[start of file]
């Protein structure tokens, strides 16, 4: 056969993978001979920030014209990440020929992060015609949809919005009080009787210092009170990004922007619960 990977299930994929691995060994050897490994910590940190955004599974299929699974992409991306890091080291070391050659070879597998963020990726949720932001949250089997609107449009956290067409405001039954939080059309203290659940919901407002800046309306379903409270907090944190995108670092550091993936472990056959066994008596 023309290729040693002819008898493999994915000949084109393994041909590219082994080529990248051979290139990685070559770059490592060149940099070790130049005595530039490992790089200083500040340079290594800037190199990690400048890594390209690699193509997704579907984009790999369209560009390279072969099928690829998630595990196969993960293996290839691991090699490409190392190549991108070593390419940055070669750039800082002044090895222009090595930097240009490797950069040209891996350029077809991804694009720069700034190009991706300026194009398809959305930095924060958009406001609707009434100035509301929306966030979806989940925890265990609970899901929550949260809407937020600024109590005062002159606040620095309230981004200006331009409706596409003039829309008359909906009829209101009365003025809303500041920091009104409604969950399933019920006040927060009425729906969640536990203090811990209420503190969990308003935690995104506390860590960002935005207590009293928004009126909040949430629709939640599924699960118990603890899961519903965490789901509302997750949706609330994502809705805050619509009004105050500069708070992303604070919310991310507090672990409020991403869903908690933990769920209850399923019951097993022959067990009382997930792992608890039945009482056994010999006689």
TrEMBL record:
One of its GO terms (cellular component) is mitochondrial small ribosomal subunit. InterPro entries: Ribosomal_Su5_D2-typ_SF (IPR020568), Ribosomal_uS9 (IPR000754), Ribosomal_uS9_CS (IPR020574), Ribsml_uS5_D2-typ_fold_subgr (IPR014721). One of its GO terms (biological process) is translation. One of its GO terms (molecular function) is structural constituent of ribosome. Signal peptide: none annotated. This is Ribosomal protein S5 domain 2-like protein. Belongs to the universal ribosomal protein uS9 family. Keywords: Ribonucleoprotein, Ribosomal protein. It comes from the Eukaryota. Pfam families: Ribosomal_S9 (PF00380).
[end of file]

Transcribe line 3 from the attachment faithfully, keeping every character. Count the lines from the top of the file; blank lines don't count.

One of its GO terms (cellular component) is mitochondrial small ribosomal subunit. InterPro entries: Ribosomal_Su5_D2-typ_SF (IPR020568), Ribosomal_uS9 (IPR000754), Ribosomal_uS9_CS (IPR020574), Ribsml_uS5_D2-typ_fold_subgr (IPR014721). One of its GO terms (biological process) is translation. One of its GO terms (molecular function) is structural constituent of ribosome. Signal peptide: none annotated. This is Ribosomal protein S5 domain 2-like protein. Belongs to the universal ribosomal protein uS9 family. Keywords: Ribonucleoprotein, Ribosomal protein. It comes from the Eukaryota. Pfam families: Ribosomal_S9 (PF00380).